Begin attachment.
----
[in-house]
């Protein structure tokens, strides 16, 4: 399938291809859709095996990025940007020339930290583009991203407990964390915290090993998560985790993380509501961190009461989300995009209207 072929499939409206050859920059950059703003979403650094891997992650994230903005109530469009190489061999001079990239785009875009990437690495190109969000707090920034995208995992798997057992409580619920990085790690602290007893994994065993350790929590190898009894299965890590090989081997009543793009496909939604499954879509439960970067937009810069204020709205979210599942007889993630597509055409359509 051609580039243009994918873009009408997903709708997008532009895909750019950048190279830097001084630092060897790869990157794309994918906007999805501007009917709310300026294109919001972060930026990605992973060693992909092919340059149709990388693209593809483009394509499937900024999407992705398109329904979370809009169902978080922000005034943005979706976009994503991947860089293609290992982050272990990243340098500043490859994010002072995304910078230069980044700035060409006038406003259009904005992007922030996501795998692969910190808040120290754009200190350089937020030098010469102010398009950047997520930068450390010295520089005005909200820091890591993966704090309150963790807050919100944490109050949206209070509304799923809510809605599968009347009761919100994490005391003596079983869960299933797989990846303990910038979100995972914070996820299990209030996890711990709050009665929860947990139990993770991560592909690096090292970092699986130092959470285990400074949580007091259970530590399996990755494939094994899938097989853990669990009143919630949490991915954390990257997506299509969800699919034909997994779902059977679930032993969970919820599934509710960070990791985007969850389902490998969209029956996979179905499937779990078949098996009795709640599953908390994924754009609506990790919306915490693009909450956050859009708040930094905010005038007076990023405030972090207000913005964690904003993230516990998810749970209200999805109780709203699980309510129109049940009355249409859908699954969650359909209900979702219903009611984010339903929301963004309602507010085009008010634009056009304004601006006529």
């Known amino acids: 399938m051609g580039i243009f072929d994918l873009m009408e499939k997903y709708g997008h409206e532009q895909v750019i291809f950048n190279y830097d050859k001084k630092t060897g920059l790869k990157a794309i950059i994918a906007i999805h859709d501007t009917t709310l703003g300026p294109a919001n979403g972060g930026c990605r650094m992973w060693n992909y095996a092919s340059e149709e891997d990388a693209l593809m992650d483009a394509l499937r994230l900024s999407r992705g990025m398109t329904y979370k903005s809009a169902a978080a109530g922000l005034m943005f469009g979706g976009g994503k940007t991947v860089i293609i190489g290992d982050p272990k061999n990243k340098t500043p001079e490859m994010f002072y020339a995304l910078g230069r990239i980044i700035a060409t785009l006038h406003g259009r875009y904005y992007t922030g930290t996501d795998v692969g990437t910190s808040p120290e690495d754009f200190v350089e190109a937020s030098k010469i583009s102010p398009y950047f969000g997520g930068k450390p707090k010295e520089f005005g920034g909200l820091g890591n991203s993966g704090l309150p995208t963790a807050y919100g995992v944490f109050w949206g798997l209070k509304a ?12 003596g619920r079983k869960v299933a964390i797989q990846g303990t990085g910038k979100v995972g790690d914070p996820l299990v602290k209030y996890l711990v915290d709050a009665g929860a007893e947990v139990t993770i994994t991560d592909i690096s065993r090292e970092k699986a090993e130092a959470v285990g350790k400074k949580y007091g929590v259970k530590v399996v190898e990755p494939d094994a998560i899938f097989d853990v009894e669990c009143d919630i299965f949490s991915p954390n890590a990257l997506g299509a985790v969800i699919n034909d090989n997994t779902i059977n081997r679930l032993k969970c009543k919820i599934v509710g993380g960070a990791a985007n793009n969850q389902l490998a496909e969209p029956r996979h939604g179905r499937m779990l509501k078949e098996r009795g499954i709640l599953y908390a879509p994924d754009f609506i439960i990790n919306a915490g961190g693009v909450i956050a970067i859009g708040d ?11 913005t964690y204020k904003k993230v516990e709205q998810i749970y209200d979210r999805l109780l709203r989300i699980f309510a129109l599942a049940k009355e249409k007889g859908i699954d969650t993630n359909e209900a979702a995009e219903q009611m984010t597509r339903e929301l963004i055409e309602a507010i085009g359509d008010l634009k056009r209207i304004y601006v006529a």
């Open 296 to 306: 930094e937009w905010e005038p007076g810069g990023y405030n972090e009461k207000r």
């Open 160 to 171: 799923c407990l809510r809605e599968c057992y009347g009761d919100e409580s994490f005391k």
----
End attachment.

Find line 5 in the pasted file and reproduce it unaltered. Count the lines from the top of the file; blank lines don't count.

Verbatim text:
């Open 160 to 171: 799923c407990l809510r809605e599968c057992y009347g009761d919100e409580s994490f005391k």